Today is the one year anniversary of earthquake in Haiti. It is also a time when US citizens are trying to sift through and debate what is, quite frankly, an overwhelmingly complex healthcare reform. Boston-based Partners in Health (PIH) breaks down both of these dense problems by keeping things simple – treating those that need help despite difficult circumstances.
Since it was founded over twenty years ago, PIH has become the largest health care provider in Haiti and grown tremendously since last year’s tragedy. When the earthquake hit, PIH expanded out from the rural areas and into the hard-hit city. Its workforce grew from around 4,400 to 5,500. Thanks to considerable donations, much more than it was used to, PIH has helped earthquake victims on a substantial level: from hiring mental health specialists to building a new $15 million hospital near Port-au-Prince. This accounts for rapid growth based on tremendous need – and begs the question (worth asking): where will PIH go from here?
It will be interesting to see. But for now the work being done daily to improve the terrible conditions stands for itself. Thanks to strong vision and leadership in the form of charismatic PIH co-founder Dr. Paul Farmer (described in Tracy Kidder’s 2003 bestseller on Dr. Farmer’s life as a “man who could cure the world”), a community-based model (PIH created Haitian affiliate Zanmi Lasante – Partners in Health in Creole with a workforce composed primarily of Haitians) and a commitment to caring for patients as if they were family members.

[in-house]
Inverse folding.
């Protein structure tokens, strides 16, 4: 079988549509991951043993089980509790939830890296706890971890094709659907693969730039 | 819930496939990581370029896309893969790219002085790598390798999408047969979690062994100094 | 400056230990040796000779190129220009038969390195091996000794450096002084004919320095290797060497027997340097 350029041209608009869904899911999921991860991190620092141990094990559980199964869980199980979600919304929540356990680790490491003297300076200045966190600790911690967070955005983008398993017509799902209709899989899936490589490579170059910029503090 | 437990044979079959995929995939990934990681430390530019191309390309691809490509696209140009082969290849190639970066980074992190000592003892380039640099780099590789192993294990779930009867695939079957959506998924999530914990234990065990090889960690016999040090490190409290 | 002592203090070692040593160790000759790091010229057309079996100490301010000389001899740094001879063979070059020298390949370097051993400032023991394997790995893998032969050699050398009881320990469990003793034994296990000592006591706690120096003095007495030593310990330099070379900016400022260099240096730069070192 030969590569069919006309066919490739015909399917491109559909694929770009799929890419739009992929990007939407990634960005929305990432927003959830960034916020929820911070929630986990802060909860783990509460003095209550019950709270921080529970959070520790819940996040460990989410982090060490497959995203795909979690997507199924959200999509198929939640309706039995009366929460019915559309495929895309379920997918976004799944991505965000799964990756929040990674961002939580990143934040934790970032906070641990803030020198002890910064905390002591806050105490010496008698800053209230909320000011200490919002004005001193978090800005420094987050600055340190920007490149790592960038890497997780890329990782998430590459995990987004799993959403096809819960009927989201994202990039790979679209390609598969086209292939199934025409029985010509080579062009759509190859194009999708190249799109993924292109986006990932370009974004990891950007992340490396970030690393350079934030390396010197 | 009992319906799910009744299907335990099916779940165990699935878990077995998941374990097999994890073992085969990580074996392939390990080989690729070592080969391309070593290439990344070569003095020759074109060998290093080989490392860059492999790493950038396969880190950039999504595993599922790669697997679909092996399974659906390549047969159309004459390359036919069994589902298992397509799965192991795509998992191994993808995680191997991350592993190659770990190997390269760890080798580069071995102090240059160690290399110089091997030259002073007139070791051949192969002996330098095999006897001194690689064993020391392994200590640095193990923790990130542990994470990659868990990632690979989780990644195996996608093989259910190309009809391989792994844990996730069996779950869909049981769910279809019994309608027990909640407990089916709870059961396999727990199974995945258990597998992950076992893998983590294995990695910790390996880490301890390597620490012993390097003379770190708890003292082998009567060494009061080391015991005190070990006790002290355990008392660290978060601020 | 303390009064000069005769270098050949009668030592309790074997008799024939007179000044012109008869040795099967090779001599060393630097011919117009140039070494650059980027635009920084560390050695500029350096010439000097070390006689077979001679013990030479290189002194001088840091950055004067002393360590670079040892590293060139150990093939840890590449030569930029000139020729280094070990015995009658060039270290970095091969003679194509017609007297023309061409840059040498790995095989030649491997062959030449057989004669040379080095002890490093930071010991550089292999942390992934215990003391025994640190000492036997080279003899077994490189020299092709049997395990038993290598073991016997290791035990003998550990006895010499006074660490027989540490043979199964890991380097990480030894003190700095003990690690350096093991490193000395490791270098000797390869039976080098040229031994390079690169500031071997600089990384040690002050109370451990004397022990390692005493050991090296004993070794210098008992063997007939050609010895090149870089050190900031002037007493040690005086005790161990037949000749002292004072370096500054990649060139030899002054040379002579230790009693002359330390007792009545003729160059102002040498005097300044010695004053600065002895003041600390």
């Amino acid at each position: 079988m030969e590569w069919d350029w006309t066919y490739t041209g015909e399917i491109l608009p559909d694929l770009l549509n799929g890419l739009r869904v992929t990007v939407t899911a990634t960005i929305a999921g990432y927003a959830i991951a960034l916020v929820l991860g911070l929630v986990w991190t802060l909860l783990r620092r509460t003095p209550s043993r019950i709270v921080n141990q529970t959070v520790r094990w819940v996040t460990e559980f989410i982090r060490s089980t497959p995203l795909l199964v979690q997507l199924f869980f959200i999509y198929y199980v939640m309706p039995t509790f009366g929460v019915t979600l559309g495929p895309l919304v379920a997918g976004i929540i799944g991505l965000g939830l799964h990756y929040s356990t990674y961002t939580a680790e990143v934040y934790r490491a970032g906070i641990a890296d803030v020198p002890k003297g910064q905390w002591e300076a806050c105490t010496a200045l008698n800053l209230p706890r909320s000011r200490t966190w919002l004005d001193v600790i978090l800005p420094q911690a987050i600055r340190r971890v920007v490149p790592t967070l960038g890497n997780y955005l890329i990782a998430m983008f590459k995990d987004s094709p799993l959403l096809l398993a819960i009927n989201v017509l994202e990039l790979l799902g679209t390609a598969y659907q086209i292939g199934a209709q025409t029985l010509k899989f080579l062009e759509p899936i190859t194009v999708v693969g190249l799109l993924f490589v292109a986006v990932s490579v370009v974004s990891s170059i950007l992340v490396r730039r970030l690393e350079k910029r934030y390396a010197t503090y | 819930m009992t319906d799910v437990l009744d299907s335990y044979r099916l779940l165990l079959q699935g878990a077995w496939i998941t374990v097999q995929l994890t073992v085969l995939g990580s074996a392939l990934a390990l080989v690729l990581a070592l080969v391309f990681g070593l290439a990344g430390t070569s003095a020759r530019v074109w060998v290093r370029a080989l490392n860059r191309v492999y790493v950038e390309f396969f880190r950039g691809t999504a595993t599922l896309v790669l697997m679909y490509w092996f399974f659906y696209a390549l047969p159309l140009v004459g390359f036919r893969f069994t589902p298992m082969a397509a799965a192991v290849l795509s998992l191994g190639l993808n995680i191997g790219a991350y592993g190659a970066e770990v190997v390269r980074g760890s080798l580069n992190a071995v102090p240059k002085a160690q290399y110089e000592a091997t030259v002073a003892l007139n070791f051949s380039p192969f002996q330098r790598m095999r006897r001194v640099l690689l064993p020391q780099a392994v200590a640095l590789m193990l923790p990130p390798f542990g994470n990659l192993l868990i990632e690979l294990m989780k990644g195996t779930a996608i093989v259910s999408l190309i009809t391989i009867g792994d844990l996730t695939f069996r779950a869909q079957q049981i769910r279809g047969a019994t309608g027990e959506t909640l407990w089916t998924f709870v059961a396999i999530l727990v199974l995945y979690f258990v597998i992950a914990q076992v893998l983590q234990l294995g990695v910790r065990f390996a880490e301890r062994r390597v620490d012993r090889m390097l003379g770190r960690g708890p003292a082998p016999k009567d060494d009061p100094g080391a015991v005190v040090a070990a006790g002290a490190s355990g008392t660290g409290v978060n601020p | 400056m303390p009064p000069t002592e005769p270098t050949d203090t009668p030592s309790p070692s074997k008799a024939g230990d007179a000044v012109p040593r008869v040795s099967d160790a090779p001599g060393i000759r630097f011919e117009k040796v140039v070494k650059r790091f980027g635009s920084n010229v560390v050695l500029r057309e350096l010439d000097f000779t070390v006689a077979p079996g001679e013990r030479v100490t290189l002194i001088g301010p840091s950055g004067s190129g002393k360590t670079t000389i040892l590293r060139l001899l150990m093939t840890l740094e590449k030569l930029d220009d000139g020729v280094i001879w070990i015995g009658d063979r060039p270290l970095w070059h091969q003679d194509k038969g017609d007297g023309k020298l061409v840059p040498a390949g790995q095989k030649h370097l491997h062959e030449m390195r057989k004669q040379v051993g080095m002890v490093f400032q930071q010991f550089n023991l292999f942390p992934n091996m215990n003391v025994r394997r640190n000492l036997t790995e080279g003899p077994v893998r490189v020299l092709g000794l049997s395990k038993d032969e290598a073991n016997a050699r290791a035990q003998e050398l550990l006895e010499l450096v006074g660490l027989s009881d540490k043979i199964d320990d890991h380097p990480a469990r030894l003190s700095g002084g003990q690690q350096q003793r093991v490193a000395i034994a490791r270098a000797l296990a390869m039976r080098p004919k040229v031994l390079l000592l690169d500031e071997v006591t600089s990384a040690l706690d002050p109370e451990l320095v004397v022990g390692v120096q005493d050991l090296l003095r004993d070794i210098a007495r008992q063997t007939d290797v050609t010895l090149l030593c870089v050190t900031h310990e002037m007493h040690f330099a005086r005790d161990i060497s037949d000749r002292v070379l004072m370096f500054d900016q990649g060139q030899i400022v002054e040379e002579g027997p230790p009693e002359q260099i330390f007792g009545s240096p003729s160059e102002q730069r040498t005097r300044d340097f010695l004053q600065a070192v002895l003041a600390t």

PIH’s whatever it takes mentality is necessary for a worldwide health organization dedicated to healing the population it serves – its most fundamental purpose.
In the words of Dr. Farmer: “This could be very simple: the well should take care of the sick.” Here’s hoping that all health care gets that basic.
(Click here for Dr. Farmer’s “This I Believe” recording from NPR: \”This I Believe\” NPR)